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Capital Regulation and Risk Sharing: Commentary

Douglas Gale ()

Working Papers from University of Pennsylvania, Wharton School, Weiss Center

Abstract: Minimum capital requirements are one of the three "pillars" of macro-prudential regulation. As a result of the financial crisis of 2008-09, there have been proposals to increase the amount of capital banks are required to hold. A capital structure that contains a substantial amount of equity has a number of advantages. It reduces the bank's vulnerability to market freezes; it reduces the risk of contagion to other financial institutions; it reduces the subsidy provided by deposit insurance; and, as we have recently seen, shareholders are less likely to be bailed out by government than debt holders. But while it may be optimal to have a substantial amount of equity in the capital structure, the crucial question is "How much?" Will banks choose the right capital structure, left to themselves, or does the government have to force them to raise more capital?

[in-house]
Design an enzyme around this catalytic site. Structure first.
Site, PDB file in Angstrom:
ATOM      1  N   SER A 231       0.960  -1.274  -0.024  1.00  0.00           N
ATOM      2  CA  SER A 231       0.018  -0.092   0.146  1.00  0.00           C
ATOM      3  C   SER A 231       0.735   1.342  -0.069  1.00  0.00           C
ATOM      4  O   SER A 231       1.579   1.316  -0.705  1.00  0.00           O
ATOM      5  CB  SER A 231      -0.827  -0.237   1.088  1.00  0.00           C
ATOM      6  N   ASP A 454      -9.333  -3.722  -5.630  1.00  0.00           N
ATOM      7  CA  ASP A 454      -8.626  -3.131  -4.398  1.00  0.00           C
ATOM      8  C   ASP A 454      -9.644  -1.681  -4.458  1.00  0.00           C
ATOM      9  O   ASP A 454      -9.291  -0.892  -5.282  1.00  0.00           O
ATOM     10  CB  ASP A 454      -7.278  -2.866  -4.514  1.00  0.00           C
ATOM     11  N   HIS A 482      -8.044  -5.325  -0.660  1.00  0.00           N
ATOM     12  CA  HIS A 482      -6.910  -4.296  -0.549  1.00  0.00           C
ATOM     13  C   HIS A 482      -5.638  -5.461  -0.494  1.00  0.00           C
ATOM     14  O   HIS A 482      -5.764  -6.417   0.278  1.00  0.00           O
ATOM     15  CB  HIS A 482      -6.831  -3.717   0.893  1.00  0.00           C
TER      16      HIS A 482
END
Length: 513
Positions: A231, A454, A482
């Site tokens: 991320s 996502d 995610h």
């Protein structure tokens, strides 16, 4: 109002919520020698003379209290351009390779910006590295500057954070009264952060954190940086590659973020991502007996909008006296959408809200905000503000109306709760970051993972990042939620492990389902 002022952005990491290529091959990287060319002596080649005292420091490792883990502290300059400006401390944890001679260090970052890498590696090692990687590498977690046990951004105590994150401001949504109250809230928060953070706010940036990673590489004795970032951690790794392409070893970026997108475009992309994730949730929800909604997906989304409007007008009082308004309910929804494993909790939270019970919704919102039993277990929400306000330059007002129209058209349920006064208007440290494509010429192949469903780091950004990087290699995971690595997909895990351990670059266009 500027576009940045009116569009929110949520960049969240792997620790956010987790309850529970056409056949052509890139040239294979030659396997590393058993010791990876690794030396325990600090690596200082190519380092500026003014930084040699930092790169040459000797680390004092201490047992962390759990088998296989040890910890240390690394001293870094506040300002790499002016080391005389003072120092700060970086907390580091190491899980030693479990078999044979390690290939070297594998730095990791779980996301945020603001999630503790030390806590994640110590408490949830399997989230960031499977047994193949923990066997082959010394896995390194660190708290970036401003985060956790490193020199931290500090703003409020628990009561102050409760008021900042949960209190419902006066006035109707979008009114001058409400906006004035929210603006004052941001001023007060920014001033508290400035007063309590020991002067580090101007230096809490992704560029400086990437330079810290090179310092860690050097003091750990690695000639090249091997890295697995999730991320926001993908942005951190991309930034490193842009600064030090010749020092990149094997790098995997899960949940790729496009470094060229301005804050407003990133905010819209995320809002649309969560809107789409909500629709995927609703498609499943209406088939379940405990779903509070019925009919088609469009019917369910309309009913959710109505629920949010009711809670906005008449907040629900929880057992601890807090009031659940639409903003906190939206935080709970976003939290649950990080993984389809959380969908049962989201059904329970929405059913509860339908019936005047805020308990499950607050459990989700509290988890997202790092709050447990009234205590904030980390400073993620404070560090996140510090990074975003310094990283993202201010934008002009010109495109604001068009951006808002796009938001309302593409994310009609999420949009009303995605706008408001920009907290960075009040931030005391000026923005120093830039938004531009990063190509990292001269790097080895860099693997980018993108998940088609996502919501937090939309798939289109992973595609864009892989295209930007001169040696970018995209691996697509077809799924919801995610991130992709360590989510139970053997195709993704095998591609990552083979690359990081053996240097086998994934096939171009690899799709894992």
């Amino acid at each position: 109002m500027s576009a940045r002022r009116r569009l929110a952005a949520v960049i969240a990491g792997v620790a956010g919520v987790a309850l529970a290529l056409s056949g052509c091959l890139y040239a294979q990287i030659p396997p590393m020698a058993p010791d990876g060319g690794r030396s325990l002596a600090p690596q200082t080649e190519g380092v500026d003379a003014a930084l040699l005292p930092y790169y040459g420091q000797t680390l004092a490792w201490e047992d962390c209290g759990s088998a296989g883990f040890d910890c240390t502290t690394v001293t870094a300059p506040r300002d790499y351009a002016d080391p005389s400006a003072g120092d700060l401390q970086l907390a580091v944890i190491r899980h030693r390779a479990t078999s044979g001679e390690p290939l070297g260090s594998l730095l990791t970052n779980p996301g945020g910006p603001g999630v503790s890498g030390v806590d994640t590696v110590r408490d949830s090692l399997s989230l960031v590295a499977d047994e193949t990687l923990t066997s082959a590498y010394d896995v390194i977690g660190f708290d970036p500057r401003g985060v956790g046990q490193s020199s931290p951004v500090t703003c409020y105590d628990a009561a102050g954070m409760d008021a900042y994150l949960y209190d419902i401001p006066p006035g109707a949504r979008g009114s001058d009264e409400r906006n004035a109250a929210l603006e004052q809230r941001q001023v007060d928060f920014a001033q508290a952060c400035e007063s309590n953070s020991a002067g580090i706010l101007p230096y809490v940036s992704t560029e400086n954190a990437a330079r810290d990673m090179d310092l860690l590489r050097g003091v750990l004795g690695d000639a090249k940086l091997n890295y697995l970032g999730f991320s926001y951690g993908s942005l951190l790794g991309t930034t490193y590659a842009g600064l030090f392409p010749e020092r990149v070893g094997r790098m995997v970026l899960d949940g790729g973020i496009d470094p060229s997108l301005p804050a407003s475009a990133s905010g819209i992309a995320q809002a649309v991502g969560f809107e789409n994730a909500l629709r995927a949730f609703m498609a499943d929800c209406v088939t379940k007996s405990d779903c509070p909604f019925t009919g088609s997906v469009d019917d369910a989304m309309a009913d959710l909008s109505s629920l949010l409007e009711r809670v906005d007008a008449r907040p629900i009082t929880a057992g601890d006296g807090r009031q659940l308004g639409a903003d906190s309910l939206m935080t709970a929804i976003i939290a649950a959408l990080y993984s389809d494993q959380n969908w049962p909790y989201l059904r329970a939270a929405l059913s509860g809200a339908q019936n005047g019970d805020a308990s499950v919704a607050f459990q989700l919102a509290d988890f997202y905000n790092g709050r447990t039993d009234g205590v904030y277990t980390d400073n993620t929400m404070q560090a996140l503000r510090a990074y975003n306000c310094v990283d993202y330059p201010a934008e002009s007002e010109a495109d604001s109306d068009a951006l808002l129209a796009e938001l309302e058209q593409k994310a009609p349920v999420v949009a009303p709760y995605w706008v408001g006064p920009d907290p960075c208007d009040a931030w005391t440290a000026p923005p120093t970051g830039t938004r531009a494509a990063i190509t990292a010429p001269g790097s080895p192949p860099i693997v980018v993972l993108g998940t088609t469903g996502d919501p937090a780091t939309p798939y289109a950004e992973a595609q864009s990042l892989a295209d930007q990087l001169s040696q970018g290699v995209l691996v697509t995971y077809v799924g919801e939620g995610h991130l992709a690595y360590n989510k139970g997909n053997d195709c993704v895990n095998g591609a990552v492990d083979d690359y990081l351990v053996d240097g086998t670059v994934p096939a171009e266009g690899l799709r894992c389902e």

Date: 2010-07
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